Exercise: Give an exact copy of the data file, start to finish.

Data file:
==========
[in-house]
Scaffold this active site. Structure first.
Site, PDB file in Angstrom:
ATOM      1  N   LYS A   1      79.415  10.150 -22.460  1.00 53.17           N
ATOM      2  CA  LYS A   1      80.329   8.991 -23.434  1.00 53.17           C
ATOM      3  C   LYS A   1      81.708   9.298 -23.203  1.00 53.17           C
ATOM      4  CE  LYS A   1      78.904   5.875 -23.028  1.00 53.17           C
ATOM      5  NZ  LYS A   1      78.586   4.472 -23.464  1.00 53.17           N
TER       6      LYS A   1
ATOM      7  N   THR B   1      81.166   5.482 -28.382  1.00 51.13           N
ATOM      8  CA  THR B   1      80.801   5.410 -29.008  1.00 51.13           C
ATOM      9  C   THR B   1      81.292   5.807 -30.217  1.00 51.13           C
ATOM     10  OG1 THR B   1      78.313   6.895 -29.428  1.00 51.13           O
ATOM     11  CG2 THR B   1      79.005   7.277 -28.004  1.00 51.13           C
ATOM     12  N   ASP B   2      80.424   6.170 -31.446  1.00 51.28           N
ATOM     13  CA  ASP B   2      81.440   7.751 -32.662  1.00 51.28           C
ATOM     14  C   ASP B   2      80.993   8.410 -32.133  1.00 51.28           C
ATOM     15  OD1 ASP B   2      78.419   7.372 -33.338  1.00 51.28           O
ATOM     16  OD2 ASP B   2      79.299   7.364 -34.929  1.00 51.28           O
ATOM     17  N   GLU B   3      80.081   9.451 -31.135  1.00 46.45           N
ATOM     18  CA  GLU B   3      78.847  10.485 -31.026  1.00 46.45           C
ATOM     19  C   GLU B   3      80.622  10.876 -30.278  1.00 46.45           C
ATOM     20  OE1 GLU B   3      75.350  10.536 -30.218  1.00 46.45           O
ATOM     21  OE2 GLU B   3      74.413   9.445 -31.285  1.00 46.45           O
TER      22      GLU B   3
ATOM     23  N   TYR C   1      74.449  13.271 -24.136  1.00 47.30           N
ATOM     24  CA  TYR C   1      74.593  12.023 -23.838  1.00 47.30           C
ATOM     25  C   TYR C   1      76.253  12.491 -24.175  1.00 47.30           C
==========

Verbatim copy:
[in-house]
Scaffold this active site. Structure first.
Site, PDB file in Angstrom:
ATOM      1  N   LYS A   1      79.415  10.150 -22.460  1.00 53.17           N
ATOM      2  CA  LYS A   1      80.329   8.991 -23.434  1.00 53.17           C
ATOM      3  C   LYS A   1      81.708   9.298 -23.203  1.00 53.17           C
ATOM      4  CE  LYS A   1      78.904   5.875 -23.028  1.00 53.17           C
ATOM      5  NZ  LYS A   1      78.586   4.472 -23.464  1.00 53.17           N
TER       6      LYS A   1
ATOM      7  N   THR B   1      81.166   5.482 -28.382  1.00 51.13           N
ATOM      8  CA  THR B   1      80.801   5.410 -29.008  1.00 51.13           C
ATOM      9  C   THR B   1      81.292   5.807 -30.217  1.00 51.13           C
ATOM     10  OG1 THR B   1      78.313   6.895 -29.428  1.00 51.13           O
ATOM     11  CG2 THR B   1      79.005   7.277 -28.004  1.00 51.13           C
ATOM     12  N   ASP B   2      80.424   6.170 -31.446  1.00 51.28           N
ATOM     13  CA  ASP B   2      81.440   7.751 -32.662  1.00 51.28           C
ATOM     14  C   ASP B   2      80.993   8.410 -32.133  1.00 51.28           C
ATOM     15  OD1 ASP B   2      78.419   7.372 -33.338  1.00 51.28           O
ATOM     16  OD2 ASP B   2      79.299   7.364 -34.929  1.00 51.28           O
ATOM     17  N   GLU B   3      80.081   9.451 -31.135  1.00 46.45           N
ATOM     18  CA  GLU B   3      78.847  10.485 -31.026  1.00 46.45           C
ATOM     19  C   GLU B   3      80.622  10.876 -30.278  1.00 46.45           C
ATOM     20  OE1 GLU B   3      75.350  10.536 -30.218  1.00 46.45           O
ATOM     21  OE2 GLU B   3      74.413   9.445 -31.285  1.00 46.45           O
TER      22      GLU B   3
ATOM     23  N   TYR C   1      74.449  13.271 -24.136  1.00 47.30           N
ATOM     24  CA  TYR C   1      74.593  12.023 -23.838  1.00 47.30           C
ATOM     25  C   TYR C   1      76.253  12.491 -24.175  1.00 47.30           C